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Hope for the future
St. Mary School students paint tiles to create Peace Wall
By M.J. Porter | Daily Herald Staff

Lindsey Fitch, a second-grader at St. Mary School in West Chicago, paints her tile illustrating what peace means to her.


Bev Horne | Staff Photographer

Thomas Matejka Crome, a second-grader, carefully paints his peace tile.


Bev Horne | Staff Photographer

Peace tiles will be part of a peace wall that will be displayed at the school, church and West Chicago's Railroad Days.


Bev Horne | Staff Photographer

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Published: 4/19/2008 12:14 AM

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The words "peace" and "hope" were exactly what Gail West-Hooper of West Chicago had in mind for students at St. Mary School in West Chicago.

As the volunteer fine arts chair at the elementary school, along with artist Kathleen Santoro of West Chicago, the two spearheaded a project they hope will spread positive thoughts in their community.

About 162 students in preschool through eighth grade from West Chicago, Carol Stream, St. Charles, Bartlett and other communities created tiles with their vision of peace.

"I came up with the idea for a project using art about 10 years ago," West-Hooper said. "My boys are teens now. And the peace theme was a combination of what's happening in the world, and people feel so helpless and there's so much violence."

West-Hooper said she had seen where one person could make a difference, recalling a girl who began selling AIDS T-shirts that's become a success. Another project she cited was the Global Alliance for Africa, which aids orphans.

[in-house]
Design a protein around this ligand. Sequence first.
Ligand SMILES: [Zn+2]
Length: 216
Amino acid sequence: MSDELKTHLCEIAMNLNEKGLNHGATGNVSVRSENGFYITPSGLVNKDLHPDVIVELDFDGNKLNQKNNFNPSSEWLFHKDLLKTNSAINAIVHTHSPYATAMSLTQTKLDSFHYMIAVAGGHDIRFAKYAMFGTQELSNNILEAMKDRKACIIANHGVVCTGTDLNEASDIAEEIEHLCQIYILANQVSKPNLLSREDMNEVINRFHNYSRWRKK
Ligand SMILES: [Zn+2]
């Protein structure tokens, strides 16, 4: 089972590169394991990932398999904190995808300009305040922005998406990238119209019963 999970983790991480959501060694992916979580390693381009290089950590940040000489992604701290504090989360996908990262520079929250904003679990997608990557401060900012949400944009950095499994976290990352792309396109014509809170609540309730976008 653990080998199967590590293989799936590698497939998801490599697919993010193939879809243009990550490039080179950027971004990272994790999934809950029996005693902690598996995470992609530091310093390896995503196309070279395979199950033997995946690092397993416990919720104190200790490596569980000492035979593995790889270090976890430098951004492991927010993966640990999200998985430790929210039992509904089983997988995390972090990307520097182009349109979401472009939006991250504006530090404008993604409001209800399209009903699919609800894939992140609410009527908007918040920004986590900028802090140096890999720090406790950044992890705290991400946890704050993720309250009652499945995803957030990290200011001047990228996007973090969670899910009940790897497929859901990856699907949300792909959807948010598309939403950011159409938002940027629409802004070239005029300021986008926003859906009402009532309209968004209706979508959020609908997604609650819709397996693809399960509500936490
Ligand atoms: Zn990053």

"These ideas meshed for me a year ago with a way to teach kids that they have some ability to change this world and become peacemakers in our community and give people hope," she said.

The vision of the Peace Wall was created. To prepare students for their day of painting tiles, she sent a letter home asking parents and students to design four squares as possible prototypes for their tile.

Some designs came as rainbows or the peace symbol. One was a fish. When she asked the student why a fish, he said it made him feel peaceful to watch fish in water.

The tiles will be mounted on a three-tier screen with hinges to make it movable. It will be displayed during a ceremony at the school, as well as the church and West Chicago's Railroad Days.

"The idea is to get people talking and thinking," West-Hooper said.

She considers the project a real success.

"The kids really got it," she said. "An eighth-grade boy's tile says 'hope.' I'm so proud of them."